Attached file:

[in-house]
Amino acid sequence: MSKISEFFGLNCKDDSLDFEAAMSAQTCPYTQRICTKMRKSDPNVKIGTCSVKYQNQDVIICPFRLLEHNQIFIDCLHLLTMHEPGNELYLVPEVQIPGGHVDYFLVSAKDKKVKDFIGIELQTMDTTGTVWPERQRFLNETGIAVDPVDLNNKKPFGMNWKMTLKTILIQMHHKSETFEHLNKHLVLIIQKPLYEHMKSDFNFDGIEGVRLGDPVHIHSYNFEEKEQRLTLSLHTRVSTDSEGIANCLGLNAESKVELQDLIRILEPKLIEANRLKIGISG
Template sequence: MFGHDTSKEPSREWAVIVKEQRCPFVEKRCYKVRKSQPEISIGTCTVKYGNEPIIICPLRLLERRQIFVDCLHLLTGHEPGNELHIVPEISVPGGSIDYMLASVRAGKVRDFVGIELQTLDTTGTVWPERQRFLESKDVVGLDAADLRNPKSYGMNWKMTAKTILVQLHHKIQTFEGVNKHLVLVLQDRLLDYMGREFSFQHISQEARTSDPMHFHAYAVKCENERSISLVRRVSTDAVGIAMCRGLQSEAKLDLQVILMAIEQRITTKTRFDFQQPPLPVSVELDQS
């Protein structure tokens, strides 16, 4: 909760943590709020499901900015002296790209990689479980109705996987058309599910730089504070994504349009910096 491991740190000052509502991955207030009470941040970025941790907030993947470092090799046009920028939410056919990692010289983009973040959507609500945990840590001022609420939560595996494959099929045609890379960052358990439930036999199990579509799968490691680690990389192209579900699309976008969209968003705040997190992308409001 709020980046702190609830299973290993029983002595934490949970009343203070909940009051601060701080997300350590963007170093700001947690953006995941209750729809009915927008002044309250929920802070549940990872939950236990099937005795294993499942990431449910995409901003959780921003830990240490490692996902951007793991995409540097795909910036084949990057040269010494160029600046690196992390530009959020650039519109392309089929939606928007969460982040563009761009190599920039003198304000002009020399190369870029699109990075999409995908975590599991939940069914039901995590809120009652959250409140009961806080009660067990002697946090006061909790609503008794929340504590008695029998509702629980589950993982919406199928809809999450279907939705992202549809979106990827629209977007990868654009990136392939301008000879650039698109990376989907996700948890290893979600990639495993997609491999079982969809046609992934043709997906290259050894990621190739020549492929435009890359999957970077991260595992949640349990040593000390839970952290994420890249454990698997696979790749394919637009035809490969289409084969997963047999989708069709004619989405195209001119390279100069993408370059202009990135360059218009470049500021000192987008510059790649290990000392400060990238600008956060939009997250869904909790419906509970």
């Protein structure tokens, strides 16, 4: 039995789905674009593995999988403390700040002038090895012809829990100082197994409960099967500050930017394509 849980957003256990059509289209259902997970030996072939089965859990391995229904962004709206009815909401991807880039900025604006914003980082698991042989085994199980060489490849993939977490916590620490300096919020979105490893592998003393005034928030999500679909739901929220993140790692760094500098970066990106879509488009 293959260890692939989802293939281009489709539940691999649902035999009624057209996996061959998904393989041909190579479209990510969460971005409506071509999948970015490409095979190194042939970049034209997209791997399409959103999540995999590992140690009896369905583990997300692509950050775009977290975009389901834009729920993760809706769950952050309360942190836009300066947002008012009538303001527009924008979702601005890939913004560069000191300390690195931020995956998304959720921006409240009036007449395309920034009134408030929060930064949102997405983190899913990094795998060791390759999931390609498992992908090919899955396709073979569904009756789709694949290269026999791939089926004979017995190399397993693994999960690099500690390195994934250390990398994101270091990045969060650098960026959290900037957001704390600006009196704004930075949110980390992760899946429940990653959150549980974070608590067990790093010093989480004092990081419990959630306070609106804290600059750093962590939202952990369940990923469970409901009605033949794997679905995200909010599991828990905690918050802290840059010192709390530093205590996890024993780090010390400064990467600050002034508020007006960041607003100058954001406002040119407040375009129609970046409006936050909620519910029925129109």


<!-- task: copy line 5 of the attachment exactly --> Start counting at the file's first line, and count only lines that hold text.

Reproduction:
């Protein structure tokens, strides 16, 4: 039995789905674009593995999988403390700040002038090895012809829990100082197994409960099967500050930017394509 849980957003256990059509289209259902997970030996072939089965859990391995229904962004709206009815909401991807880039900025604006914003980082698991042989085994199980060489490849993939977490916590620490300096919020979105490893592998003393005034928030999500679909739901929220993140790692760094500098970066990106879509488009 293959260890692939989802293939281009489709539940691999649902035999009624057209996996061959998904393989041909190579479209990510969460971005409506071509999948970015490409095979190194042939970049034209997209791997399409959103999540995999590992140690009896369905583990997300692509950050775009977290975009389901834009729920993760809706769950952050309360942190836009300066947002008012009538303001527009924008979702601005890939913004560069000191300390690195931020995956998304959720921006409240009036007449395309920034009134408030929060930064949102997405983190899913990094795998060791390759999931390609498992992908090919899955396709073979569904009756789709694949290269026999791939089926004979017995190399397993693994999960690099500690390195994934250390990398994101270091990045969060650098960026959290900037957001704390600006009196704004930075949110980390992760899946429940990653959150549980974070608590067990790093010093989480004092990081419990959630306070609106804290600059750093962590939202952990369940990923469970409901009605033949794997679905995200909010599991828990905690918050802290840059010192709390530093205590996890024993780090010390400064990467600050002034508020007006960041607003100058954001406002040119407040375009129609970046409006936050909620519910029925129109």